And the prime reason for this was that Uber continued to see growing valuations. All that changed with the debacle in China, where it lost billions trying to outgun Didi Chuxing and posted an additional loss of $2.8 billion in 2016 on revenue of $6.5 billion. Once a founder, however visionary, loses this game of financials, the equation shifts in favour of the investors. This is exactly what happened to Apple Inc.’s Steve Jobs in 1983 and Sun Microsystems Inc.’s Scott McNealy in 2007. Till then, they were ring-fenced by the very same investors and the board and allowed to play the game on their own terms.
This is a reflection of the belief system encouraged and actively propagated by the PE/VC industry in the pursuits of outsized profits in the quest of promoting entrepreneurship at any cost. And core to this is the virtual absence of women in leadership positions. A study shows that start-ups with one woman founder or investor has about 50% women in the workforce as against the 10-15% in companies such as Twitter Inc., Facebook Inc., etc. To my mind the reason PE/VC funds function in this manner is the obscene levels of money at stake which they control and their need to keep this in a closed old boys club. Diversity in thinking and practices does not figure in its scheme of priorities. The primary investors into these funds too are from the same monoculture and hence the incentive to change is minimal.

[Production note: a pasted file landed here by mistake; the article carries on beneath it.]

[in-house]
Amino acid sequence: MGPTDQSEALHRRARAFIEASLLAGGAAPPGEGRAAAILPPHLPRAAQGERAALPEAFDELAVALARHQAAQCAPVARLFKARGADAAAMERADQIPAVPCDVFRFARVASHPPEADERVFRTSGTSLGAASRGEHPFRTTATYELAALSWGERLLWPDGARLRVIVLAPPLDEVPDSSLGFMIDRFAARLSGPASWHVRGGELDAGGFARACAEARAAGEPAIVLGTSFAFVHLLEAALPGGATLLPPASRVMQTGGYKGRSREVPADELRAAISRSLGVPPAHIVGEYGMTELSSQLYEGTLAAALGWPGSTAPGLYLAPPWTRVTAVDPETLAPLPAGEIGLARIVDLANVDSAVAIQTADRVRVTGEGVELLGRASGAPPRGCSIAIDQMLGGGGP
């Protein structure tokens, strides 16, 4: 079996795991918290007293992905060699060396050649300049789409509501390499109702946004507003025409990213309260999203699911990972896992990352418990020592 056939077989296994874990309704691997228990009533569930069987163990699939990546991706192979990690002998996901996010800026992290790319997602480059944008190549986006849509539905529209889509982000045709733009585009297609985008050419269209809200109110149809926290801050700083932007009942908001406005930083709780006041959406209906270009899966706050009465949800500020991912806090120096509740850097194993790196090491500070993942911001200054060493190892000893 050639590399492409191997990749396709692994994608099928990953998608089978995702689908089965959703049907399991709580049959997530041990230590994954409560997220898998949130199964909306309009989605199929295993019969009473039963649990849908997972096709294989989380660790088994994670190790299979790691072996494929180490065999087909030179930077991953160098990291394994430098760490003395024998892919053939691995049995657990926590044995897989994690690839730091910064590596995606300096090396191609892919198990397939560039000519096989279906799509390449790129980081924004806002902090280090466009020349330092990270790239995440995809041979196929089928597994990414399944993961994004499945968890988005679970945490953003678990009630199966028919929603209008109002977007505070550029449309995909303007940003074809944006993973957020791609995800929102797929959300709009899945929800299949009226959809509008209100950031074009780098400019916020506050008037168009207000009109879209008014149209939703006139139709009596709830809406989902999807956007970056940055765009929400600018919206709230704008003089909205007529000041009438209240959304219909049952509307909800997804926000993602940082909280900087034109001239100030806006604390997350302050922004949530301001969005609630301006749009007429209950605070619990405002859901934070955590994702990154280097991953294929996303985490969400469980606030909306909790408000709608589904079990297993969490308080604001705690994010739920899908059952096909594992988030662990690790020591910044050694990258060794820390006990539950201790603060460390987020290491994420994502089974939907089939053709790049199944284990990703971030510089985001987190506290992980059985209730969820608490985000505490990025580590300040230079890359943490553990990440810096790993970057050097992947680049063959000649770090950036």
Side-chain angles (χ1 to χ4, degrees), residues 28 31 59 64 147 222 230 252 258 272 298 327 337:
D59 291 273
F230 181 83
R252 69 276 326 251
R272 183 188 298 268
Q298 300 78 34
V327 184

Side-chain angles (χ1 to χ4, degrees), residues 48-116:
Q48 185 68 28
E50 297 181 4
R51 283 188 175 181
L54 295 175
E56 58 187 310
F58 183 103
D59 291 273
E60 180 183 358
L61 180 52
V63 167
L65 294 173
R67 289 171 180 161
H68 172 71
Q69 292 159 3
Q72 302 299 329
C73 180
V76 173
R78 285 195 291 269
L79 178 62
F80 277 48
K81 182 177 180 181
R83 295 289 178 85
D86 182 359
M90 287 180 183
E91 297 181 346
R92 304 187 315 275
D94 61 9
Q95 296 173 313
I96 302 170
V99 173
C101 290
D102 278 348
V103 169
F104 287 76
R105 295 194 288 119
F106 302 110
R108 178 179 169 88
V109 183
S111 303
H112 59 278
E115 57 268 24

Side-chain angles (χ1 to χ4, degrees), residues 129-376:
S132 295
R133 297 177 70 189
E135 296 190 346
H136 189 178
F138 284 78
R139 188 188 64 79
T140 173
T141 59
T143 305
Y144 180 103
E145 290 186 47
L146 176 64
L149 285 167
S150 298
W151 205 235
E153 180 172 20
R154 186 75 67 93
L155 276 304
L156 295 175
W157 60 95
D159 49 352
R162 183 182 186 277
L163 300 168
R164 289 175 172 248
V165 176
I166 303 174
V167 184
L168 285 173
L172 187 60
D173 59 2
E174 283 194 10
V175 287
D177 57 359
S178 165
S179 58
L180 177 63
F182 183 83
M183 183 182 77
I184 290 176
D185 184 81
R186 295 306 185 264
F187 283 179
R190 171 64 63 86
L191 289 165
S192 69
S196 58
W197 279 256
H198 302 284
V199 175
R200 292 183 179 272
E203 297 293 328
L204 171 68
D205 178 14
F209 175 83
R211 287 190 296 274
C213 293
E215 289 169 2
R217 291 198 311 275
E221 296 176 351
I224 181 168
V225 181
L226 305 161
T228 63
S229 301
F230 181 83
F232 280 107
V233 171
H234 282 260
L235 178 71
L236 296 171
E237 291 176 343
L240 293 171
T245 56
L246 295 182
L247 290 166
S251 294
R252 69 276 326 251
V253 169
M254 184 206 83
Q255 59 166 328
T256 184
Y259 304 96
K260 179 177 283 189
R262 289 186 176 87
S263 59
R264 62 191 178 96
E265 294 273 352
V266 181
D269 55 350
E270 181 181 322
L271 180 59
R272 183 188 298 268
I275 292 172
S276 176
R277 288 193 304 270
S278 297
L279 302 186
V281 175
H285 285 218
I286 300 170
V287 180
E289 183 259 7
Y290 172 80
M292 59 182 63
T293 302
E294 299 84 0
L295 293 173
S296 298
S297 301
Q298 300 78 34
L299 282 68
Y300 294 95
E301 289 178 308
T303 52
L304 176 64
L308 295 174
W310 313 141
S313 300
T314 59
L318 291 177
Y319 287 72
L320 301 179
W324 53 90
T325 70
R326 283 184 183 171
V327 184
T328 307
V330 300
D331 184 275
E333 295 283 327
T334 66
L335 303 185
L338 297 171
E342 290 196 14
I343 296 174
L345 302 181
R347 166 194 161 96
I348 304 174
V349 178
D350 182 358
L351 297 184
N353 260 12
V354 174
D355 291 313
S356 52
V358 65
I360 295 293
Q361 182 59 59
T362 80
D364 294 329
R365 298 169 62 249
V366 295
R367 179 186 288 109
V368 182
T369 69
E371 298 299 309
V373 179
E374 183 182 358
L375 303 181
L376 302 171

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Visionaries like Kalanick need to be encouraged for the entrepreneurial ecosystem to flourish and innovate, but this must be balanced with the benefit of sound advice, a culture which promotes restraint and a governance structure which actually provides timely guidance with active interventions. While seasoned full-time advisers are a must for most founder-led start-ups to steady the ship as it sails in these turbulent waters with their experience, sobriety and sound judgement, increased levels of diversity in the company and boards/investors would pave the way for a self-sustaining culture of restraint, propriety and accountability. It is this combination which will help prevent future episodes of this nature—and we must live in the hope that this will emerge as a fallout of the Uber episode.
As Mark Twain said: Good judgement comes from experience but experience comes only from bad judgements. And Uber has made many of them! It will now need courage to confront them and transform—not an easy task in a firm where there is effectively no second line and a corporate culture of unethical behaviour laced with poor judgement entwined in its operating consciousness.
Cultural cleansing in a corporate context is a very difficult transformation whose short-term costs are high and the process painful, but there have been celebrated examples of this when the board demonstrated the will to go through it. I was a part of this experiment in Xerox Corp., a legendary West Coast company too, in the mid-eighties and can vouch for its effectiveness if only the leadership is decisive enough and investors have the sagacity to withstand a few quarters of financial turbulence.
In the interest of Uber—undoubtedly a Silicon Valley icon in many ways—I hope this maturity will prevail in the board and with its investors.
Prabal Basu Roy is a Sloan Fellow from the London Business School and a chartered accountant. The writer presently manages a private equity fund and has formerly been a director and group chief financial officer in various companies.